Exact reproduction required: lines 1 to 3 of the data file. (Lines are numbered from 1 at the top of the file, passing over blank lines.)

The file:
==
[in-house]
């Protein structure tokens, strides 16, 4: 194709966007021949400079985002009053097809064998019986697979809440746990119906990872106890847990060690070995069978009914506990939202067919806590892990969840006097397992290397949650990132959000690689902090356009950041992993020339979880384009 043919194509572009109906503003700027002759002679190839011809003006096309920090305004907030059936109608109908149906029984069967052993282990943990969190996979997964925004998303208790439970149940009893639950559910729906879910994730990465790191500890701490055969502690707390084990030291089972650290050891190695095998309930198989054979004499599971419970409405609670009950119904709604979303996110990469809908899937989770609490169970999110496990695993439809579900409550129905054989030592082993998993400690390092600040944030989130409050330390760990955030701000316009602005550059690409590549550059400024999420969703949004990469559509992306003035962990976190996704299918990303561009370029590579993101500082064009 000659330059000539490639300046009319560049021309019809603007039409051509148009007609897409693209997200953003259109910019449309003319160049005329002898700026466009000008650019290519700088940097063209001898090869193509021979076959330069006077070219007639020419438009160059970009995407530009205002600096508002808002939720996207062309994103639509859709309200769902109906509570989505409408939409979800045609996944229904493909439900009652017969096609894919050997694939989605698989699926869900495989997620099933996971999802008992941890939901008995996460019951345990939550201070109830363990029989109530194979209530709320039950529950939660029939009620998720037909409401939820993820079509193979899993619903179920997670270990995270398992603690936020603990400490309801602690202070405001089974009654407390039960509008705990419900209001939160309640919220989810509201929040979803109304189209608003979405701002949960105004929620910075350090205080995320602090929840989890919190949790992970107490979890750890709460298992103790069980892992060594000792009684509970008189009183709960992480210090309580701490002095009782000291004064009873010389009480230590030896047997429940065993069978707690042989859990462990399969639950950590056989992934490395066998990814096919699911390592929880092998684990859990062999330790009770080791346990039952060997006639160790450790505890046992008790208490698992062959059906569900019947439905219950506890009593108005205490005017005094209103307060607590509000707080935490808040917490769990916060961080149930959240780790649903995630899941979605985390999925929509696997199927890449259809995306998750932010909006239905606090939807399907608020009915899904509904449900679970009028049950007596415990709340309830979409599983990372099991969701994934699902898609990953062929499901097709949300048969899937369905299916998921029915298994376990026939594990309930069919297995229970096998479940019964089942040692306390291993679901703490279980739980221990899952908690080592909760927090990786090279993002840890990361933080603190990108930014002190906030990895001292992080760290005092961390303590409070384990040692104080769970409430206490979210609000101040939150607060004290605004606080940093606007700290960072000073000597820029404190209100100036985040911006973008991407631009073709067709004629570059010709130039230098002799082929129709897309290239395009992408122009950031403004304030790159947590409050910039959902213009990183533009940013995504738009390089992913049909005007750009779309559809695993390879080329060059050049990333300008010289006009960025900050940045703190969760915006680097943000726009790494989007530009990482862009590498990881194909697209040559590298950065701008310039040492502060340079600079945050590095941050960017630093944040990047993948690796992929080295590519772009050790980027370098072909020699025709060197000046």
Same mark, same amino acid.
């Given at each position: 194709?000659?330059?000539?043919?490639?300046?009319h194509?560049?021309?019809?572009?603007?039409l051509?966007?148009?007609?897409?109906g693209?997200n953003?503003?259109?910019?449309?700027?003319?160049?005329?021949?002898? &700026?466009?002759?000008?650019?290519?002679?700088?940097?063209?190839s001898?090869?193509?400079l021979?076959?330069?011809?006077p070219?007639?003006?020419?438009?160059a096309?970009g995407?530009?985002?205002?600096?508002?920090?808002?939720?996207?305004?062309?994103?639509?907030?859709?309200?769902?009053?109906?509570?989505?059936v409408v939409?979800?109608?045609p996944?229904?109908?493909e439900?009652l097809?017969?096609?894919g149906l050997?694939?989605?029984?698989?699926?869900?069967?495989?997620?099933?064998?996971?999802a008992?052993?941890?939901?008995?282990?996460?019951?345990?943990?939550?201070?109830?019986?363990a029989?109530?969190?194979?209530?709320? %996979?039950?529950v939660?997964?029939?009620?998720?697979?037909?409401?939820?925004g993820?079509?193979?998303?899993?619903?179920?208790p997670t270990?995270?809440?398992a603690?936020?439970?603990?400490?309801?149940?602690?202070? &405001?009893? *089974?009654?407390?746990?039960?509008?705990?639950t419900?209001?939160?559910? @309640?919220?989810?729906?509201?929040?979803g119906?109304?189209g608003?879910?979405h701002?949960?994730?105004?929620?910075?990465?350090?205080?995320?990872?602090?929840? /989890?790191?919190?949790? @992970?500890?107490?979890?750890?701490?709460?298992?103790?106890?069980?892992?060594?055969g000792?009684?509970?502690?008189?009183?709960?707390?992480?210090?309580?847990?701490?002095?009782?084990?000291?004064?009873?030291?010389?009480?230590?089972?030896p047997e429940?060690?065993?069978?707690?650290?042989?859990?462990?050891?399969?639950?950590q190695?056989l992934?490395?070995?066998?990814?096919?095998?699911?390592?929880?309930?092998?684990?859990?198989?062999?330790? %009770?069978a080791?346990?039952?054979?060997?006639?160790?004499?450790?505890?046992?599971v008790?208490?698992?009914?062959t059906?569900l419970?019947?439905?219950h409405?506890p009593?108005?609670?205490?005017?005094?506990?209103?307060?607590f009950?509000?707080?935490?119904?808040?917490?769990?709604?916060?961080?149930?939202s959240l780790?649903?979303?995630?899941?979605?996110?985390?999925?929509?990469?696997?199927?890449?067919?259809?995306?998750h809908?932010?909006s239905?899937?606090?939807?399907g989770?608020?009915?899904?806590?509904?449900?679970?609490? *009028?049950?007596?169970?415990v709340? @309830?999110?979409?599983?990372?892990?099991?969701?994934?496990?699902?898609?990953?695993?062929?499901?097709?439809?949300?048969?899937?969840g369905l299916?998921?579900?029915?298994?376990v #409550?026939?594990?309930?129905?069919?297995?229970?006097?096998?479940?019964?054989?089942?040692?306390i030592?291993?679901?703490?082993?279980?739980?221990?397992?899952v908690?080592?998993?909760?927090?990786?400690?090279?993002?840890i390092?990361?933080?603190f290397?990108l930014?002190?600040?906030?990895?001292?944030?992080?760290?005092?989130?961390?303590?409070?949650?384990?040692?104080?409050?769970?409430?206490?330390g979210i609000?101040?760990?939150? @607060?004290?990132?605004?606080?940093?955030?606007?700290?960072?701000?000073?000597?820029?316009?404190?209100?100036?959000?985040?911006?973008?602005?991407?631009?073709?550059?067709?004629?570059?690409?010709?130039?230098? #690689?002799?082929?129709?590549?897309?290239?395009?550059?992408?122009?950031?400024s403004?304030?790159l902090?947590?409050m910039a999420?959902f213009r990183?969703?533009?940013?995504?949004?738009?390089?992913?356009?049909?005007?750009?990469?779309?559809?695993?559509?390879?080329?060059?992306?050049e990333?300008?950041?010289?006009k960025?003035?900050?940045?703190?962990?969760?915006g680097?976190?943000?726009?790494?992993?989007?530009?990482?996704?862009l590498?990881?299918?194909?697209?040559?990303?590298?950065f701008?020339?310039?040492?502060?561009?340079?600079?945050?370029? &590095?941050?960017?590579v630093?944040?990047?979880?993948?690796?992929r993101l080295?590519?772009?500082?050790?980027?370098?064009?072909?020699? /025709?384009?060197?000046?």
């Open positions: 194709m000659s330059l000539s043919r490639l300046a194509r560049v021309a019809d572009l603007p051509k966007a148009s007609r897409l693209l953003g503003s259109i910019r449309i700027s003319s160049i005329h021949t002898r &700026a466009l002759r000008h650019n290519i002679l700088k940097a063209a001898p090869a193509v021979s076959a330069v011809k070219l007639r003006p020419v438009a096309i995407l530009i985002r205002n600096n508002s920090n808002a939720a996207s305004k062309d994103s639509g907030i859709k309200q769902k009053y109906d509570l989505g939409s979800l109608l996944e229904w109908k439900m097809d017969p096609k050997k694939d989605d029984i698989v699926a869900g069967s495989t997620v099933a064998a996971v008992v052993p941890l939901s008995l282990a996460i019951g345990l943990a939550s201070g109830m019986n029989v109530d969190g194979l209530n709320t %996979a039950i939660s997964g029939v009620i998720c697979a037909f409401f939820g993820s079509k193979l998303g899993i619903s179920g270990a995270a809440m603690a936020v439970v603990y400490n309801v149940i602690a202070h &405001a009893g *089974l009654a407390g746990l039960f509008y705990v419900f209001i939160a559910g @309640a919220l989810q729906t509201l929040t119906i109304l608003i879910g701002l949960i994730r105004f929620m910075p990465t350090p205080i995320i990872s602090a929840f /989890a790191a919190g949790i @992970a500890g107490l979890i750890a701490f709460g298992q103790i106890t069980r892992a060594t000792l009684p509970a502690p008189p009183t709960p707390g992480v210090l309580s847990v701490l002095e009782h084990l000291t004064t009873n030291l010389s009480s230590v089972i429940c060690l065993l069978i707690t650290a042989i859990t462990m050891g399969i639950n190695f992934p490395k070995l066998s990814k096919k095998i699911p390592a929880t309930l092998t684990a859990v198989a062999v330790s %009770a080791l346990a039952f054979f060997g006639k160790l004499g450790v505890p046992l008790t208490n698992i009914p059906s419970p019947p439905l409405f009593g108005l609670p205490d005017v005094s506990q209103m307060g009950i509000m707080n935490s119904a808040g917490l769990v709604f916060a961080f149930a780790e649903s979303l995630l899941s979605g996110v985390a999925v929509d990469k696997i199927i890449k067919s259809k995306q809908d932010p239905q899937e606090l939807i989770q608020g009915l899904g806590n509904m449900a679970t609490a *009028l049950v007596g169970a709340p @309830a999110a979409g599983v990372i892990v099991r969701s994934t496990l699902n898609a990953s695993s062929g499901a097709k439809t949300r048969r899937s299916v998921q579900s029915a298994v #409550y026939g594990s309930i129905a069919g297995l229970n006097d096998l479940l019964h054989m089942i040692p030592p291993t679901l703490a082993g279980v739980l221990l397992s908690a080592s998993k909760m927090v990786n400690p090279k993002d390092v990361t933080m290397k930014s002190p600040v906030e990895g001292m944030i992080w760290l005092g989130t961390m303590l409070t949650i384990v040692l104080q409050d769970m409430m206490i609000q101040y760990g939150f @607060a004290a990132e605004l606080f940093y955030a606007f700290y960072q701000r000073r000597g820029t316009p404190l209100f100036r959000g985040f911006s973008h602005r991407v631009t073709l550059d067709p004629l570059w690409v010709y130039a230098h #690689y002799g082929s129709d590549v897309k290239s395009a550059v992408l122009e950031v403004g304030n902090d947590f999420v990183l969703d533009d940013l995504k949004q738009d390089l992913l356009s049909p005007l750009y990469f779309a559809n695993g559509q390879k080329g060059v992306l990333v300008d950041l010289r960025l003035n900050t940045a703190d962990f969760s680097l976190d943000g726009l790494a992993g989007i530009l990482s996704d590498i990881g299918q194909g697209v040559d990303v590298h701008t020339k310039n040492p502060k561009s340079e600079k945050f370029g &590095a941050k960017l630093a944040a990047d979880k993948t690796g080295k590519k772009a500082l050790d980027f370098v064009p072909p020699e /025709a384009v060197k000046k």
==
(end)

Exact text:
[in-house]
């Protein structure tokens, strides 16, 4: 194709966007021949400079985002009053097809064998019986697979809440746990119906990872106890847990060690070995069978009914506990939202067919806590892990969840006097397992290397949650990132959000690689902090356009950041992993020339979880384009 043919194509572009109906503003700027002759002679190839011809003006096309920090305004907030059936109608109908149906029984069967052993282990943990969190996979997964925004998303208790439970149940009893639950559910729906879910994730990465790191500890701490055969502690707390084990030291089972650290050891190695095998309930198989054979004499599971419970409405609670009950119904709604979303996110990469809908899937989770609490169970999110496990695993439809579900409550129905054989030592082993998993400690390092600040944030989130409050330390760990955030701000316009602005550059690409590549550059400024999420969703949004990469559509992306003035962990976190996704299918990303561009370029590579993101500082064009 000659330059000539490639300046009319560049021309019809603007039409051509148009007609897409693209997200953003259109910019449309003319160049005329002898700026466009000008650019290519700088940097063209001898090869193509021979076959330069006077070219007639020419438009160059970009995407530009205002600096508002808002939720996207062309994103639509859709309200769902109906509570989505409408939409979800045609996944229904493909439900009652017969096609894919050997694939989605698989699926869900495989997620099933996971999802008992941890939901008995996460019951345990939550201070109830363990029989109530194979209530709320039950529950939660029939009620998720037909409401939820993820079509193979899993619903179920997670270990995270398992603690936020603990400490309801602690202070405001089974009654407390039960509008705990419900209001939160309640919220989810509201929040979803109304189209608003979405701002949960105004929620910075350090205080995320602090929840989890919190949790992970107490979890750890709460298992103790069980892992060594000792009684509970008189009183709960992480210090309580701490002095009782000291004064009873010389009480230590030896047997429940065993069978707690042989859990462990399969639950950590056989992934490395066998990814096919699911390592929880092998684990859990062999330790009770080791346990039952060997006639160790450790505890046992008790208490698992062959059906569900019947439905219950506890009593108005205490005017005094209103307060607590509000707080935490808040917490769990916060961080149930959240780790649903995630899941979605985390999925929509696997199927890449259809995306998750932010909006239905606090939807399907608020009915899904509904449900679970009028049950007596415990709340309830979409599983990372099991969701994934699902898609990953062929499901097709949300048969899937369905299916998921029915298994376990026939594990309930069919297995229970096998479940019964089942040692306390291993679901703490279980739980221990899952908690080592909760927090990786090279993002840890990361933080603190990108930014002190906030990895001292992080760290005092961390303590409070384990040692104080769970409430206490979210609000101040939150607060004290605004606080940093606007700290960072000073000597820029404190209100100036985040911006973008991407631009073709067709004629570059010709130039230098002799082929129709897309290239395009992408122009950031403004304030790159947590409050910039959902213009990183533009940013995504738009390089992913049909005007750009779309559809695993390879080329060059050049990333300008010289006009960025900050940045703190969760915006680097943000726009790494989007530009990482862009590498990881194909697209040559590298950065701008310039040492502060340079600079945050590095941050960017630093944040990047993948690796992929080295590519772009050790980027370098072909020699025709060197000046």
Same mark, same amino acid.